New Construction

Efficiency First

Planning and building a new house is the time to make sure energy efficiency is ‘baked in’ right from the start.  It’s a lot cheaper to build an efficient house at the beginning than to try to improve it later.  Any investments in efficiency will pay returns in the form of lower energy costs for as long as you own your home. It will also be healthier and more comfortable, and have a higher resale value.  A home that doesn’t lose its heat quickly can take advantage of a much smaller and less expensive heating system.

The Alaska Housing Building Energy Efficiency Standard (BEES) was established by the State of Alaska to promote the construction of energy efficient buildings. It sets building energy use standards for thermal resistance, air leakage, moisture protection, and ventilation.  Your house should receive a minimum of a 5-star rating.  Confirm that your designer & builder are familiar with those standards and can explain the methods they plan to use to achieve them.

A heat pump is one of the most efficient systems available to heat your home.  Planning for a heat pump from the start will result in a cheaper installation and better performing system.

Whole-House Heat Pump Options

There are two general categories of heat pumps systems to choose from – ductless and hydronic.

Hydronic Heating Systems

Hydronic systems produce warm water that can then be circulated through your house to heat the floors, radiators, air handlers, and even your domestic hot water.  These can be very efficient and effective systems, especially if you plan for them at the start.  They offer the flexibility to precisely target where in your house the heat is delivered to.  The ability to heat your domestic hot water (usually the second largest consumer of energy in your house) with your heat pump is a significant advantage over ductless systems.   

Hydronic systems can be ground-source heat pumps (GSHP) or air-to-water heat pumps (AWHP).  Ground source systems extract heat from the earth by running fluid through coils or wells buried in the ground.  The heat that’s extracted from the ground is then ‘concentrated’ using a compressor and refrigerant system, and warm water is delivered the house.  The advantage of a GSHP is that it can operate efficiently even at very low outside temperatures because it’s extracting its heat from the relatively warm, constant temperature earth.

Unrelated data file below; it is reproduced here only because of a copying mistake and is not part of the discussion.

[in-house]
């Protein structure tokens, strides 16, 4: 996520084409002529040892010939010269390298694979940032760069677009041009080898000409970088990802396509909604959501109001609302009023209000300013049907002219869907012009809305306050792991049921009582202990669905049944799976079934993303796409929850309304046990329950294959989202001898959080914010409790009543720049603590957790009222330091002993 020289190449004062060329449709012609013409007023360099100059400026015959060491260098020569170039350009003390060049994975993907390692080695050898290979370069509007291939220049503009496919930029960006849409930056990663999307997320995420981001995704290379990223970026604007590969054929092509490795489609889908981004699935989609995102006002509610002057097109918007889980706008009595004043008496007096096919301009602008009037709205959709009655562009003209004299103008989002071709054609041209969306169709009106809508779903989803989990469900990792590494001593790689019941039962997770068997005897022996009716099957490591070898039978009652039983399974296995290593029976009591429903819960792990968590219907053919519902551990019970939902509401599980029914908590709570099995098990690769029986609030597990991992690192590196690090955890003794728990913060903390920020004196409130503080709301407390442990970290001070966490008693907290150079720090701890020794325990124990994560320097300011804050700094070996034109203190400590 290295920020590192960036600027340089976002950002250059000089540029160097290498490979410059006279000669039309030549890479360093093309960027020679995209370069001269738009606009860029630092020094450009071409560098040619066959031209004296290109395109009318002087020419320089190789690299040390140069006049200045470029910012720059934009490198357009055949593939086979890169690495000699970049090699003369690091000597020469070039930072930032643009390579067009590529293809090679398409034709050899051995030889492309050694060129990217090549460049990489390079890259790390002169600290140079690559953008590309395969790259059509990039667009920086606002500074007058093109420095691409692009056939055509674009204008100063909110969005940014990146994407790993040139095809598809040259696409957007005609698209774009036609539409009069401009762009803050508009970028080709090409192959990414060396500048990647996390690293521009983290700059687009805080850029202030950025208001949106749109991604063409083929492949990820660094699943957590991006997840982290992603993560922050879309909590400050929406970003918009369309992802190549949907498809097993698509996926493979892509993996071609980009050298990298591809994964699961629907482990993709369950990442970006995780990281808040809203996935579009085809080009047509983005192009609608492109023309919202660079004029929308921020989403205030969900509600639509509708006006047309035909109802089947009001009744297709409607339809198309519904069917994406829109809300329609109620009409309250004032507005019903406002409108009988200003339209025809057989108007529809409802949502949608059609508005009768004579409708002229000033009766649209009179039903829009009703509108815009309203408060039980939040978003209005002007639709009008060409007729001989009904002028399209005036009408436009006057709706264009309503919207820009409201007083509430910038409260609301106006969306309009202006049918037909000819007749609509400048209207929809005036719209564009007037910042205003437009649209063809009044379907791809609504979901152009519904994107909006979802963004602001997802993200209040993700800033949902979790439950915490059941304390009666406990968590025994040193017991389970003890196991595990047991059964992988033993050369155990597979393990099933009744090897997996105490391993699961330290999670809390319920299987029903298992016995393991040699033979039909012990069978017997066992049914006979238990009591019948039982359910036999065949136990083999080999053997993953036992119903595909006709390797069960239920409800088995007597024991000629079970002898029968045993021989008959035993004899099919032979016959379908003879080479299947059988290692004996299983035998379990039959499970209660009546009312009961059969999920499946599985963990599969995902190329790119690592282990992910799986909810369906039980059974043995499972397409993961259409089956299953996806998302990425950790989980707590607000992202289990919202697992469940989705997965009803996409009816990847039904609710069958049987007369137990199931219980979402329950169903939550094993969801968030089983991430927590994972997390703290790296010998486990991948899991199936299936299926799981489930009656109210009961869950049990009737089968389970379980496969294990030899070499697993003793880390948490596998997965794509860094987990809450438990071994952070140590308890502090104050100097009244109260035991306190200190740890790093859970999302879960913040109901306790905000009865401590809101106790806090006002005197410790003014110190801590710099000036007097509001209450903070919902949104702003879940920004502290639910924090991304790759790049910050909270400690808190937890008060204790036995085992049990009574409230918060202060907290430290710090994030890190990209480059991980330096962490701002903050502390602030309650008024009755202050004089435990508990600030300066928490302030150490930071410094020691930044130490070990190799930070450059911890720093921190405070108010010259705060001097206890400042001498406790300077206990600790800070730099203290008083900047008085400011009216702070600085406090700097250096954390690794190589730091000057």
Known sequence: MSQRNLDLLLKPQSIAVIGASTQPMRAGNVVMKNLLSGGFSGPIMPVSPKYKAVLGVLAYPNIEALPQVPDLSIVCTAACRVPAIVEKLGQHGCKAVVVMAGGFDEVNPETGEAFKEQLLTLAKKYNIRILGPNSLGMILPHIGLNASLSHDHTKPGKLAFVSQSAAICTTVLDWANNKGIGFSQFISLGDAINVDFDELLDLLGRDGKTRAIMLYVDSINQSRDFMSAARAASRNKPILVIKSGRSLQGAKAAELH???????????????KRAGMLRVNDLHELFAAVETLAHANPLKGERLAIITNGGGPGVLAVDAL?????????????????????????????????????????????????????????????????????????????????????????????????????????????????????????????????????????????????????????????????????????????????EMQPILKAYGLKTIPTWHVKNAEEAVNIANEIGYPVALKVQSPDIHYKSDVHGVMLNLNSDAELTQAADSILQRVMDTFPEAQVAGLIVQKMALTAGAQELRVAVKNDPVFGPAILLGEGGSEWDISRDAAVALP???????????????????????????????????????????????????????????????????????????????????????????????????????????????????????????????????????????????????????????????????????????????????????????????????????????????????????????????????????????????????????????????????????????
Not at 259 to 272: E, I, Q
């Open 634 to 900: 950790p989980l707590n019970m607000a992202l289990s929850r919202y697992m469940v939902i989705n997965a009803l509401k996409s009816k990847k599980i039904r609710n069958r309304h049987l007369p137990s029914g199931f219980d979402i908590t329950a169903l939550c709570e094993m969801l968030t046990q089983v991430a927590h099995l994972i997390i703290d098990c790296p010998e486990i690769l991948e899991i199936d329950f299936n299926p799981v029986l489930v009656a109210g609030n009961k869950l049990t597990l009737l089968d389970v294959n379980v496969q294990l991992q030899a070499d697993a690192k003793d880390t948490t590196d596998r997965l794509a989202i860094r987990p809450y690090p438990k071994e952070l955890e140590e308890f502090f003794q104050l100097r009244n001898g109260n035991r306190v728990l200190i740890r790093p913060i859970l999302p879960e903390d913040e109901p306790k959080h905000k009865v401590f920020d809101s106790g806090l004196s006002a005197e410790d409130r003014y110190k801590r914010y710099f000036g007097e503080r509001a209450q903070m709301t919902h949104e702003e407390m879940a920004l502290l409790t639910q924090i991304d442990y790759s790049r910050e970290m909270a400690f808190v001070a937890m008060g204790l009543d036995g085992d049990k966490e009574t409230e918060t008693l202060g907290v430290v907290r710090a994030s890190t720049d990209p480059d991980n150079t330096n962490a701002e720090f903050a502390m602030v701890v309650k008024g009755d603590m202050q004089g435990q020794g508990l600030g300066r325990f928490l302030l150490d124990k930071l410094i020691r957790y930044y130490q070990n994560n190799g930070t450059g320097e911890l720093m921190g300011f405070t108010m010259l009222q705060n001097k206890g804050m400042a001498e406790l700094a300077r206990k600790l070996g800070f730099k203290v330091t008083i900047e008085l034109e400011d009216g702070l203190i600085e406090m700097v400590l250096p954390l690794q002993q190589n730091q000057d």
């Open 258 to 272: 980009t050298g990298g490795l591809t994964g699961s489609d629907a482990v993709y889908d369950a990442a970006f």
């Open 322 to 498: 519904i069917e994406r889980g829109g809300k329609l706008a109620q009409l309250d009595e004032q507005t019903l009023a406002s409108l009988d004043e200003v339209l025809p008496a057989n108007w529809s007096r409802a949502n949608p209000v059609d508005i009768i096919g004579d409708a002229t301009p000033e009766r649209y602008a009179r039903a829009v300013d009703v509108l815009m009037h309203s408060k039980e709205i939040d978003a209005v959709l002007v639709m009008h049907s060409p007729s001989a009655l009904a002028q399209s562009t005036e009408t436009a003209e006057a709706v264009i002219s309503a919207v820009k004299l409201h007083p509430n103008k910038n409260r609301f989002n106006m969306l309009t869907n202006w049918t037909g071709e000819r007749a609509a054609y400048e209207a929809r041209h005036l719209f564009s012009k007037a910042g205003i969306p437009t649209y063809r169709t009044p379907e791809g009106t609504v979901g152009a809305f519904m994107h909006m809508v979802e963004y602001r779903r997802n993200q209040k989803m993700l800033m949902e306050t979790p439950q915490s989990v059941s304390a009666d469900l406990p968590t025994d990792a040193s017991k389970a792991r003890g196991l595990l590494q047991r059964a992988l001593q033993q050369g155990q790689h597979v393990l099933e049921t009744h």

A few disadvantages of a GSHP are: 1) it entails a significant amount of heavy equipment to bury the earth-loop tubing, either in trenches or in vertical wells and it may require a significant amount of land on the building lot; 2) the initial installation cost can be quite high, easily exceeding $20,000; 3) due to its complexity it will likely require specialty engineers and installers; and 4) residential GSHP systems are relatively uncommon in Juneau so local expertise and support may be limited. 

An air-to-water heat pump extracts its heat from the ambient outdoor air and delivers it to the house as warm water.  It has the same advantages as a GSHP regarding how heat is distributed throughout the house.  It also avoids the significant expense and complexity of the earth-loop system installation.  Because it must extract heat from the ambient air, its efficiency decreases as outside temperatures decrease.  There are not many suppliers of AWHP systems in the United States, so selection and support may be limited. Canadian companies continue to be our access point for these systems with companies like Arctic and Nordic offering good options. A couple of Juneau’s HVAC installers have worked with these systems and have installed them in new construction.

Ductless Heating Systems

Ductless heat pumps (DHP) are by far the most common systems in Juneau. These systems extract heat from the outside ambient air and distribute it indoors using a variety of different blower systems. In large open spaces a wall or floor mounted ‘mini-split’ head is the most common and effective system. Smaller rooms often use air ducts to distribute warm air to multiple rooms from a single ducted indoor unit. A house can utilize a combination of these systems. Another strategy is to deploy a hybrid of heating systems, such as mini-splits in the main areas of the house and electric resistance heaters in the smaller, less frequently used areas. This can often be the lowest cost approach while still retaining most of the energy savings benefits of the heat pump, because it’s still providing the bulk of the heat called for by the house. Planning for system component placements, especially for ducted systems, is easy to do early in the process – it can be much more difficult after the fact.

Additional Considerations

  • Heat pumps, regardless of variety, require a substantial amount of electricity. This should be planned for in advance by your electrical contractor. Outdoor units have specific requirements for where they’re located, both for protection from the elements and for proximity to the indoor units. Electrical service to those locations should be planned for early.
  • Thought should be given to where thermostats will be located. You will want the thermostats located in the rooms that are being directly heated by the heat pump, but not in a location directly in the path of the heat pump’s outlet. Control wires should be run prior to the installation of the sheetrock.